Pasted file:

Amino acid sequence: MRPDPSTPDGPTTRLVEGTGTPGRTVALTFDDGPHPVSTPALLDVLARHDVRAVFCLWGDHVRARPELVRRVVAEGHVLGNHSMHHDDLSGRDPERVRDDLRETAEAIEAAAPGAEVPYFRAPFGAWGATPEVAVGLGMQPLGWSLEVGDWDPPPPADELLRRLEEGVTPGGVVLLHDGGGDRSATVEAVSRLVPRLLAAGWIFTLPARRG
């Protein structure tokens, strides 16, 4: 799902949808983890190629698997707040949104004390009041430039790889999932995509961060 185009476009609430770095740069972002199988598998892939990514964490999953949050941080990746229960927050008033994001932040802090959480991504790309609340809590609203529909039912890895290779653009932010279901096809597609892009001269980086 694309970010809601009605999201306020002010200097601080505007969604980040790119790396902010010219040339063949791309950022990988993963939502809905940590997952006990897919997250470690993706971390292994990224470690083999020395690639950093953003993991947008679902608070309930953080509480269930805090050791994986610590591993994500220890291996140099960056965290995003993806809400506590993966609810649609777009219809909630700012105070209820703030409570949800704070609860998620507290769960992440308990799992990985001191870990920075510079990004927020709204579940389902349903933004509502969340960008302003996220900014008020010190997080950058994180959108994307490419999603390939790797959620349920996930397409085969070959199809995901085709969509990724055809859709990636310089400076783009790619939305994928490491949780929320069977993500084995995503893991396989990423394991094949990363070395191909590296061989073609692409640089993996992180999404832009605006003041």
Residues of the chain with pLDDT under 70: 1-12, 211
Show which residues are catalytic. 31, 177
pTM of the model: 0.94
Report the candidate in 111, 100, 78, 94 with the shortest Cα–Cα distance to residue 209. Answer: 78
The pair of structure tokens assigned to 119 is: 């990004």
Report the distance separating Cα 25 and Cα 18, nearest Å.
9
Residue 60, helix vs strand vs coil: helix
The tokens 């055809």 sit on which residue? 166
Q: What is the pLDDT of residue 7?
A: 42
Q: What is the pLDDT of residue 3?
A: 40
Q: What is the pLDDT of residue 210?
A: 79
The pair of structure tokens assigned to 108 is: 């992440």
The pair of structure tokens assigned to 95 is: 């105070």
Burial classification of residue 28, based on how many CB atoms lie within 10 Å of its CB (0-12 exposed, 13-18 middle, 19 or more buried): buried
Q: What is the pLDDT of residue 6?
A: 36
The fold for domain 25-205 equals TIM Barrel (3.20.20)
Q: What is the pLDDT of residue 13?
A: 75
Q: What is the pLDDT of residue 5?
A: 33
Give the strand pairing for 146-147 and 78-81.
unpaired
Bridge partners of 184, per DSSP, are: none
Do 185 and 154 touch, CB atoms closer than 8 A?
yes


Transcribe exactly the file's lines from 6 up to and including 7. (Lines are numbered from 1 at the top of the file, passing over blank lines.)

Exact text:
Report the candidate in 111, 100, 78, 94 with the shortest Cα–Cα distance to residue 209. Answer: 78
The pair of structure tokens assigned to 119 is: 């990004």